In an email to Campus Reform, Moravits expressed his gratitude for the support of his former students and their willingness to speak out on his behalf. 

Moravits says the relationship between himself and St. Philip’s College became strained after he published his book, The Blue Divide: Policing and Race in America, which gained attention from the National Police Association and CPAC in August 2022. 

The book aims to inform readers about policing, training, and the use of force in order to foster a better understanding of the profession. As he told Campus Reform, Moravits analyzed high-profile cases of alleged police brutality and provided explanations based on factual evidence and officers’ reasoning.

His book also challenges the narrative of police disproportionately targeting and killing Black men, using peer-reviewed research articles and data from credible sources, aiming to debunk the media’s portrayal of cops as inherently racist perhaps the nail in the coffin for the former police officer.  

According to Moravits, his relationship with the college had been positive until the publication of his book. 

“My relationship seemed to be fairly positive with the college” until publishing the book, he told Campus Reform. “All of my evaluations were excellent and I got along well with my chair, the administrative assistant, and the dean.”

After, however, colleagues began to gossip, according to his testimony, one even arguing that Moravits’ views on policing threaten democracy. 

In August 2022, the professor posted an image of him standing alongside Betsy Brantner Smith, a retired cop and Blue Lives Matter activist, promoting his book at Dallas CPAC event. 

According to Moravits, the post was seen by his colleague Cynthia Pryor, who texted another anonymous colleague that the school should “push Moravits out.” 

The individual who received the text messages from Pryor showed the message to Moravits, and he took the following image, according to his testimony:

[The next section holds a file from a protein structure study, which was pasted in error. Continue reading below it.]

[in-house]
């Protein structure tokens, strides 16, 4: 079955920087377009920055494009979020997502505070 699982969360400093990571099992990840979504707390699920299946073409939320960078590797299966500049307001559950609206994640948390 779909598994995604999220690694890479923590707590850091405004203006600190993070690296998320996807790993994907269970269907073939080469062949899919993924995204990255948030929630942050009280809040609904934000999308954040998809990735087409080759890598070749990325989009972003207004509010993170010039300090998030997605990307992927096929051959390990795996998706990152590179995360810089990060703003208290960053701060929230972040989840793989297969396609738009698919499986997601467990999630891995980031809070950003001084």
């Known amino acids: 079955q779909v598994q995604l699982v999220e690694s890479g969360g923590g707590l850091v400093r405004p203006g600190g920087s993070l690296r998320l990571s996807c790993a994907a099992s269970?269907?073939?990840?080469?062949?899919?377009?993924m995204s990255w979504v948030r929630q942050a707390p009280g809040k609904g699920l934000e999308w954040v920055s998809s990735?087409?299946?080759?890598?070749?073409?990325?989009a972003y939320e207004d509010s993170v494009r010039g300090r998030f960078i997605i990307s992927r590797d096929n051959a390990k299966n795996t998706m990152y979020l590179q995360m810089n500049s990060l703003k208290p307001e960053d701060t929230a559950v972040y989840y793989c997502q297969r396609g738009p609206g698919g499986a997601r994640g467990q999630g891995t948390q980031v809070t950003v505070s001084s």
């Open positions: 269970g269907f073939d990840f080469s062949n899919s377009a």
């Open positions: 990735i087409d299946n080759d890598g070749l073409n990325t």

In closing remarks, the professor told Campus Reform the following: 

“My transition from policing to education is mostly a result of my previous marriage. I had been married for two years when I became an officer, and my first child was born a few months after I finished the academy. The job was stressful on my marriage and I left after three years into my career (my second son was born just before I resigned) in order to help the marriage … My family is full of teachers at the K-12 level and in higher ed, so it was a natural transition. I have thoroughly enjoyed teaching even though a part of me still misses law enforcement.”

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Allen has not yet filed a lawsuit against the college and told Campus Reform that he could not comment on litigation strategy or timing. 

He did, however, describe Moravits’ situation as one that points to a “larger problem” in American higher education: 

He concluded, arguing that Moravits’ First Amendment rights have been violated. 

The First Amendment is “clear,” Allen noted. “Even if an employee is ‘at will’ (meaning that he or she can be discharged without cause), that employee cannot be discharged in retaliation for the exercise of First Amendment rights.” 

Campus Reform contacted St. Philip’s College for comment, but did not receive a response in time for this publication. This article will be updated accordingly.